This bony looking ridge could belong to a dinosaur, or even be the tail of a fish! But of course, you'll know by now it's another elegant set of mushroom gills, this time with a delicate pink hue.

Mushroom gills 11Photo: nutmeg66
The wood blewit, or ‘blue stalk mushroom’, is actually more of a lilac colour than blue. Although it looks a little unappetizing, this mushroom is considered very good eating - you just have to make sure they're cooked first. Raw wood blewits can lead to a nasty case of indigestion, and even when cooked they can cause an allergic reaction. Take care if one ever shows up on your plate!

Mushroom gills12Photo: Eric Meyer
This exquisite mushroom stands like a transparent silk parasol against the morning sky. Filmy mushrooms like this can often materialize overnight, only to be gone again the following day. Their fleeting lifespans only enhance their fragile beauty, and make them all the more precious.

Mushroom gills 13Photo: Anne Elliott
If you look carefully at the end of this mushroom's gills, you can just make out the fine grains of a powder-like substance. These tiny grains are the mushroom's spores, which fall off the gills. They can even be as colourful as the gills themselves, ranging from white, yellow, brown and pink to black or even purple!

Mushroom gills 14Photo: Anne Elliott
Another lovely fin-like example of mushroom gills, this time with a little of the smooth outer covering of the cap visible at the top. Telling one mushroom from another can be tricky for amateurs, and since many are poisonous, it's safest not to eat any found in the wild unless you're certain they belong to an edible species.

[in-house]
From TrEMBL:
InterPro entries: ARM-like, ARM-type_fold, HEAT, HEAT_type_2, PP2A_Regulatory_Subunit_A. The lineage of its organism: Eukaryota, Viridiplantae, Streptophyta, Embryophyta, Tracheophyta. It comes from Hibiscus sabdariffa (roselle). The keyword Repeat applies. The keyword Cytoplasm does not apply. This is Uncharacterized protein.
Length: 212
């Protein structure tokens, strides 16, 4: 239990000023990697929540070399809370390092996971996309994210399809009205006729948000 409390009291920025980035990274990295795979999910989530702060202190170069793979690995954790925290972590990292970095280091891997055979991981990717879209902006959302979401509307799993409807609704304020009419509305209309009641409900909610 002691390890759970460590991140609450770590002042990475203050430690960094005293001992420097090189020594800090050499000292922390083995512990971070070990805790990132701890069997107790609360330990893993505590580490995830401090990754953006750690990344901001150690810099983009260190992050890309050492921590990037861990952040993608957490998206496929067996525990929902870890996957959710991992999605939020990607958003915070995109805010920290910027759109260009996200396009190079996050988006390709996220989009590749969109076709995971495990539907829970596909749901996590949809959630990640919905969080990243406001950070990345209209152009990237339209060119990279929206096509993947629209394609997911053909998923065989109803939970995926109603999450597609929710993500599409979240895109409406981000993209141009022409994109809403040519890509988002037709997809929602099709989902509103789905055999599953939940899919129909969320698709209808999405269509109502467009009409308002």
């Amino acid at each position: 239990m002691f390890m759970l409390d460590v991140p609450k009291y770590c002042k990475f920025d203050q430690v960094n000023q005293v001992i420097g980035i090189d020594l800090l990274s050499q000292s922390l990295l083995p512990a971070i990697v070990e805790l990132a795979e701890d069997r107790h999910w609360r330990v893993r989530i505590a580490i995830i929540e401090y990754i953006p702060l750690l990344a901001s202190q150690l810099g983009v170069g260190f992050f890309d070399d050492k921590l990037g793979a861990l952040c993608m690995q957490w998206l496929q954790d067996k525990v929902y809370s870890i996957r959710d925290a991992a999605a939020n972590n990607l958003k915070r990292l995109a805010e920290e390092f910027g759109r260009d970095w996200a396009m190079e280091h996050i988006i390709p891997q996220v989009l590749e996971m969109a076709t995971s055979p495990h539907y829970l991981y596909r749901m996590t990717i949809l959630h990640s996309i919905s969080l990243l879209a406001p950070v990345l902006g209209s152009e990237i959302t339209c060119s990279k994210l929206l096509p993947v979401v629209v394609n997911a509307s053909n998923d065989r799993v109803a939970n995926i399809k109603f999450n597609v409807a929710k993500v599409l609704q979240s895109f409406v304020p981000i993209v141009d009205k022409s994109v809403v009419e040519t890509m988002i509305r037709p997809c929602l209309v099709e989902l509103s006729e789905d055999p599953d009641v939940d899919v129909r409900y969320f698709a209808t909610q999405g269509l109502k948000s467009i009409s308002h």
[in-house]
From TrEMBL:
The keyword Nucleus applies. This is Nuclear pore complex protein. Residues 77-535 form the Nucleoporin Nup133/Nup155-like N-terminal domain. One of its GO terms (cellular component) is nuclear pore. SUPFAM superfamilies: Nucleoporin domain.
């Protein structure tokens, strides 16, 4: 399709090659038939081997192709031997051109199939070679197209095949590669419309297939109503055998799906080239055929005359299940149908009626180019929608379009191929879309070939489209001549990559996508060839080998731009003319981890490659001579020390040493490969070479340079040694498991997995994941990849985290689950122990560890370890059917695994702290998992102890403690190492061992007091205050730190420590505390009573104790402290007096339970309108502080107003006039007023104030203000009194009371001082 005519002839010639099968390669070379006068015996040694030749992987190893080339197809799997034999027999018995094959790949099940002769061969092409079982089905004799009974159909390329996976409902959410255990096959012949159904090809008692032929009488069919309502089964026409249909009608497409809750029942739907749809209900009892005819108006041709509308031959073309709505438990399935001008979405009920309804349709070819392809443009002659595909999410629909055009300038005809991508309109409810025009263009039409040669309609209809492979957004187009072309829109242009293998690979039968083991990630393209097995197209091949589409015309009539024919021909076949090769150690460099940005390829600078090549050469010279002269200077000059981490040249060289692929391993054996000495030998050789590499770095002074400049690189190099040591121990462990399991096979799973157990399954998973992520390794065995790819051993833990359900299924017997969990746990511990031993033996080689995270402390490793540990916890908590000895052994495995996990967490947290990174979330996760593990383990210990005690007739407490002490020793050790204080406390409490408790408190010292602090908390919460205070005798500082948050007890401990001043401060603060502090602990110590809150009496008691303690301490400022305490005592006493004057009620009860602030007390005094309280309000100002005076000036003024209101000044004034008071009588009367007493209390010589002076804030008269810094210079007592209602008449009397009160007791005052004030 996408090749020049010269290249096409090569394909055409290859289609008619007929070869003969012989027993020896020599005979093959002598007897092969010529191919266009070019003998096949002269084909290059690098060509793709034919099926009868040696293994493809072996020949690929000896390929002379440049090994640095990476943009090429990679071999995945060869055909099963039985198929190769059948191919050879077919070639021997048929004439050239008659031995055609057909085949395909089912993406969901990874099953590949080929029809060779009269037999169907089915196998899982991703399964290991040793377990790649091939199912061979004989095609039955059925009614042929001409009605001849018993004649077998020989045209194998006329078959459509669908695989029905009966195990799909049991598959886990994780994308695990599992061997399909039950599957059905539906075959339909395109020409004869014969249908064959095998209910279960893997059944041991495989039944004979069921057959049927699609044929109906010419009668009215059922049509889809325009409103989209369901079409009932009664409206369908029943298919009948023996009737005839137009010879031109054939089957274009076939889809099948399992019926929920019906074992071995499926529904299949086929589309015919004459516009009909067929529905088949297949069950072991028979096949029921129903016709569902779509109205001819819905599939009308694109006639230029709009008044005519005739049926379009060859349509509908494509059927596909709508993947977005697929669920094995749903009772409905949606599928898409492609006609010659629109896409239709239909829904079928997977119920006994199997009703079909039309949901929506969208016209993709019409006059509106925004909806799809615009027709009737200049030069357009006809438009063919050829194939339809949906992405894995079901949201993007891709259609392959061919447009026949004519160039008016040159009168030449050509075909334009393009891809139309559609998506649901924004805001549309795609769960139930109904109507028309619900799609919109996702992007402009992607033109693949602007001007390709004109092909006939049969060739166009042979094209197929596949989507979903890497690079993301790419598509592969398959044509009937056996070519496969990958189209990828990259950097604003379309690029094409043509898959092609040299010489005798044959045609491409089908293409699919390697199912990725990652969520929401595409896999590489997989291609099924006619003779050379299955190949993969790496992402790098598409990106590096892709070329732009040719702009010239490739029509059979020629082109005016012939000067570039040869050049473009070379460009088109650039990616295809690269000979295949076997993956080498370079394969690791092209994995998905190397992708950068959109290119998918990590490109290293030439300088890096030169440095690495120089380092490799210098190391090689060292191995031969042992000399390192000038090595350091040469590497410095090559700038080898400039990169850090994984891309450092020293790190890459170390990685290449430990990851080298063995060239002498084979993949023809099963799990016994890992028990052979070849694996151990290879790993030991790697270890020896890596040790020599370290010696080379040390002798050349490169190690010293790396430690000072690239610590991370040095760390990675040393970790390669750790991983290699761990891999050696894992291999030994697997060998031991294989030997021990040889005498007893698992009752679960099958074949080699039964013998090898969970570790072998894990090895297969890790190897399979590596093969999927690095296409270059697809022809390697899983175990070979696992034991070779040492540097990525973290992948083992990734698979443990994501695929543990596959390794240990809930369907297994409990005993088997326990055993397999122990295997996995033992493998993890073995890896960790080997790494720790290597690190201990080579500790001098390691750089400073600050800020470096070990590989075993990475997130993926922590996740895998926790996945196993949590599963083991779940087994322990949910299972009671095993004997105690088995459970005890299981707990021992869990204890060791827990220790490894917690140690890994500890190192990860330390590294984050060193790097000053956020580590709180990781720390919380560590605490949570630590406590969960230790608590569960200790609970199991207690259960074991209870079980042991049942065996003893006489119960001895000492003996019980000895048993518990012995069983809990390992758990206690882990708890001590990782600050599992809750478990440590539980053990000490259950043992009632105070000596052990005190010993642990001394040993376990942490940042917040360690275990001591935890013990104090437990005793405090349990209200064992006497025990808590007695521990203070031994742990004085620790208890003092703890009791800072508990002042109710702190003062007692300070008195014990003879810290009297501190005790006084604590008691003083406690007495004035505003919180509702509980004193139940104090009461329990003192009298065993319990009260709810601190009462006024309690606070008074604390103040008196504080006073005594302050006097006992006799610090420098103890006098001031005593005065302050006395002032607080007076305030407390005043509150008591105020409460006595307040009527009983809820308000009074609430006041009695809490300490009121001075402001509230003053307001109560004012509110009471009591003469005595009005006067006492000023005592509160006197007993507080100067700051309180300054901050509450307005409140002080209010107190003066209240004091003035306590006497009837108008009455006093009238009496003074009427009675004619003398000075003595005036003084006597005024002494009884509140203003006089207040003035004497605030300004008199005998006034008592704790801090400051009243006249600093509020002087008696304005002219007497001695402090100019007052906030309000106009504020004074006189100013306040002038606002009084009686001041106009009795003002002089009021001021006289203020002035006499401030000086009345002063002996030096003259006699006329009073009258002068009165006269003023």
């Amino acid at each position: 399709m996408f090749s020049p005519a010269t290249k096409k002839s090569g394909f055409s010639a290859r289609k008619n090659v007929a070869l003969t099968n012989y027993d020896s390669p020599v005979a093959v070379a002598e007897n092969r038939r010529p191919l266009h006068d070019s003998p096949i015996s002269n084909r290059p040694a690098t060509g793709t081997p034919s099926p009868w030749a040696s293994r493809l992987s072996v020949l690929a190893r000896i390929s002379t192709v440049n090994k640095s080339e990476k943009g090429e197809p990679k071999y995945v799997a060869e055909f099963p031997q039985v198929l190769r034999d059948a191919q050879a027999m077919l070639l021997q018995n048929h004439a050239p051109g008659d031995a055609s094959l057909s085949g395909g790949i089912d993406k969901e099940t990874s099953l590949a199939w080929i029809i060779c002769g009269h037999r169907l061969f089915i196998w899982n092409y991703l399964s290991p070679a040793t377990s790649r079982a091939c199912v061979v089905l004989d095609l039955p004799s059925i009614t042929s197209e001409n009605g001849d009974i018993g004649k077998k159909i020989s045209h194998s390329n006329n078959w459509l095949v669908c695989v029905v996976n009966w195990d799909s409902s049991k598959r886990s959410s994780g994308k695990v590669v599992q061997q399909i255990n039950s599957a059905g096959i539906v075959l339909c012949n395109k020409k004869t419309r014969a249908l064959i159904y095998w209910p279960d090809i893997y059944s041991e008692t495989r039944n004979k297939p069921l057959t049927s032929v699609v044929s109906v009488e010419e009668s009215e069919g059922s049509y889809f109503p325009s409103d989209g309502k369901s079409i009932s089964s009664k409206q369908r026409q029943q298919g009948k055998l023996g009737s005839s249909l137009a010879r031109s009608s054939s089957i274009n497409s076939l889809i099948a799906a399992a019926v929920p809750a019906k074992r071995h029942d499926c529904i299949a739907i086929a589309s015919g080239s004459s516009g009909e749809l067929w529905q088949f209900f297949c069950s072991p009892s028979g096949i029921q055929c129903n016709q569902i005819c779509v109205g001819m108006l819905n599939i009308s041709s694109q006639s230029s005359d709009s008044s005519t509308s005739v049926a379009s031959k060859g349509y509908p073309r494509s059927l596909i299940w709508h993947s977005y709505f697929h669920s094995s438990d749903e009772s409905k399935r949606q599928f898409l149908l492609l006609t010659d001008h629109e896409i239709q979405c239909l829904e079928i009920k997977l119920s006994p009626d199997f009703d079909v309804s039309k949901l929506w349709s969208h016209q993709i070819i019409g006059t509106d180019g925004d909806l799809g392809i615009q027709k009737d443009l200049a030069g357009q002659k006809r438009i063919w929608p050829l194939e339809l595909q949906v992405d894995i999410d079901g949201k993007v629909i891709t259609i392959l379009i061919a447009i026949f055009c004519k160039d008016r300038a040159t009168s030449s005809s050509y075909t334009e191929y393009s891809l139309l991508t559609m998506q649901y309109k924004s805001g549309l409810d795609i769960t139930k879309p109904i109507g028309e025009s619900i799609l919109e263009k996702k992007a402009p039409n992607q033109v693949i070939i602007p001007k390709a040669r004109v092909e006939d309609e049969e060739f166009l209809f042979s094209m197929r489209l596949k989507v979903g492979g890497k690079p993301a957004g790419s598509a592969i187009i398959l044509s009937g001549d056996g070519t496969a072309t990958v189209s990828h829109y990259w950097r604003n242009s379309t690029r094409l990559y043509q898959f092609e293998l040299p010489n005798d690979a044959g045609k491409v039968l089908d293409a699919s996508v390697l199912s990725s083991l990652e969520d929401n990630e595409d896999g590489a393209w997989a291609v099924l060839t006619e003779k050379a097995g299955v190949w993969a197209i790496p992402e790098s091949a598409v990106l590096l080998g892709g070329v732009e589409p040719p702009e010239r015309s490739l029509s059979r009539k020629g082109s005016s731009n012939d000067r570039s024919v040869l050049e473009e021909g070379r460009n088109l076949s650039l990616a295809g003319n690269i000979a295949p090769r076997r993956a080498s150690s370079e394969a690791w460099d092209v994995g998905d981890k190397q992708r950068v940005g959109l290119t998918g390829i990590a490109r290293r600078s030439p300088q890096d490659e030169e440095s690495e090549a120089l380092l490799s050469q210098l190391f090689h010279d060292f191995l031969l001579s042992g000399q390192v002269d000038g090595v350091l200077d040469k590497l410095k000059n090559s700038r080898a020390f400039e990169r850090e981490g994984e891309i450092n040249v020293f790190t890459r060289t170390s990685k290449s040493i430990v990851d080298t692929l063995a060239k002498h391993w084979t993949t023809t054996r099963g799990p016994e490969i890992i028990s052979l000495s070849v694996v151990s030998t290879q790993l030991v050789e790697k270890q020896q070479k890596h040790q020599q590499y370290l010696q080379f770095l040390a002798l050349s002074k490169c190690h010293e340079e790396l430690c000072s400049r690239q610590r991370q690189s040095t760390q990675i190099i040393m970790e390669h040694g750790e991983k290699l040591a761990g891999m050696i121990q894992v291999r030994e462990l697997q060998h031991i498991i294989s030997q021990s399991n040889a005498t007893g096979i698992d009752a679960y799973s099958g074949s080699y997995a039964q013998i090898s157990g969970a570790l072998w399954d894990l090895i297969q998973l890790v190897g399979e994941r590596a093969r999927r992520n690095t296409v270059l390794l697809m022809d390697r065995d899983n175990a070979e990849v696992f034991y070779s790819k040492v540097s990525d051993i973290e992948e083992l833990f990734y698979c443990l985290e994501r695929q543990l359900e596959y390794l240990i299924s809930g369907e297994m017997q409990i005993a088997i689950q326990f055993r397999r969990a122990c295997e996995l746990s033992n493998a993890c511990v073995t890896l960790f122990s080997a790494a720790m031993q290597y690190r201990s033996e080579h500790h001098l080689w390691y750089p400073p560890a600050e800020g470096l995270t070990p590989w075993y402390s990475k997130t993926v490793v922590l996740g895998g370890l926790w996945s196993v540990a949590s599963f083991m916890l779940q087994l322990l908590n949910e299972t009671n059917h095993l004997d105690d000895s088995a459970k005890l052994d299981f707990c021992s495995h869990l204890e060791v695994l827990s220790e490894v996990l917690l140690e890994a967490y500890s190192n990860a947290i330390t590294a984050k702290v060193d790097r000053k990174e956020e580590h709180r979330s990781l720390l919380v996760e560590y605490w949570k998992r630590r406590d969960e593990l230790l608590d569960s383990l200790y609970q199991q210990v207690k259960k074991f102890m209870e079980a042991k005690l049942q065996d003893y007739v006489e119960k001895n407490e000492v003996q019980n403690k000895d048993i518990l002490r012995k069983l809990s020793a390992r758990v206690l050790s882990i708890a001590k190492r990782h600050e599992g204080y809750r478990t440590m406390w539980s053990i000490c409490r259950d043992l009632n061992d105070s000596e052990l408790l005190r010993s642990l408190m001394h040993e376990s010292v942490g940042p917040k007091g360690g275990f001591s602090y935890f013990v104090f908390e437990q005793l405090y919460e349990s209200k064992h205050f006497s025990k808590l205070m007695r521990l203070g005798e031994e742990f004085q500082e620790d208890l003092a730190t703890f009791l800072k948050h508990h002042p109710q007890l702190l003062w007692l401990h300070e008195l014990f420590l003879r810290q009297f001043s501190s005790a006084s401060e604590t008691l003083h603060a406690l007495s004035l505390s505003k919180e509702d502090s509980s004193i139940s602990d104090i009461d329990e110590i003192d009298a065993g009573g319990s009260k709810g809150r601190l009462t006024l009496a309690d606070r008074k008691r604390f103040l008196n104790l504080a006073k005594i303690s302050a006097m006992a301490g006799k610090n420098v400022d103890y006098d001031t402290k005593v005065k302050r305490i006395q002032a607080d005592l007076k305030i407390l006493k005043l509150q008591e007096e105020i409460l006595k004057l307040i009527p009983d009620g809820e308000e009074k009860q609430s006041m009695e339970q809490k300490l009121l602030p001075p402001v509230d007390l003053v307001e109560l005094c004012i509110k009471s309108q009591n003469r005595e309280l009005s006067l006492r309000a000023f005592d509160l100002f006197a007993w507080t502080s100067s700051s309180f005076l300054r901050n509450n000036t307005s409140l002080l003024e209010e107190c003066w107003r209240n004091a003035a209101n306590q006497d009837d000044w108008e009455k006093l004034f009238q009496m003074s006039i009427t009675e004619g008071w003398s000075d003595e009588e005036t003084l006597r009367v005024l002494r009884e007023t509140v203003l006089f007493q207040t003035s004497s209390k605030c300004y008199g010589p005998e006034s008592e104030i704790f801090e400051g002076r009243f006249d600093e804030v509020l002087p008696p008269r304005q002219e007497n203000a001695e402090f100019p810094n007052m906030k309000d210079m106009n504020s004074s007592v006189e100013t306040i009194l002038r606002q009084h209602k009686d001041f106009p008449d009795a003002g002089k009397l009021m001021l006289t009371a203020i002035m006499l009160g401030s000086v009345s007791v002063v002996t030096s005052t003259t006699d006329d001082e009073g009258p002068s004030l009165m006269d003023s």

Mushroom gills 15Photo: Anne Elliott
This little mushroom looks like a well-designed garden light! Here, we can clearly see that the gills are attached to the top of the stalk, but like the colour and thickness, their positioning is variable from species to species.

Mushroom gills 16Photo: Anne Elliott
We wonder if the satellite dish-shaped mushroom shown here is picking up any signals from the night sky! This particular cap shape is called ‘depressed’, and unlike most of the other mushrooms we've looked at so far, the gills on this one are of varying lengths. The colour combination of the white and yellow is particularly striking, almost making it look like a daisy.

Mushroom gills 17Photo: Anne Elliott
Here's a mushroom with another interestingly shaped cap. The depression in this one is so deep it’s almost inside out, with the gills prominently displayed. This type of cap has a specific name too, but it's a bit more of a mouthful than ‘depressed’: it's actually called ‘infundibuliform’!

Mushroom gills 18Photo: Bram van Broekhoven
Although these two seem to have a pinky glow, the Porcelain mushroom is also known as the Poached Egg mushroom because of its white translucent colour. This variety is edible...if you're willing to get past its rather unpleasant, slimy coating!

With their different colours, shapes and sizes, all of these mushrooms are beautiful in their own way - and play important parts in the ecologies in which they live. Having seen these gorgeous photographs of their gills, perhaps next time you see a mushroom you'll be tempted to look underneath for a different view?

Sources: 1,2,3,4,5,6

[Source: Environmental Graffiti. Edited. Top image added.]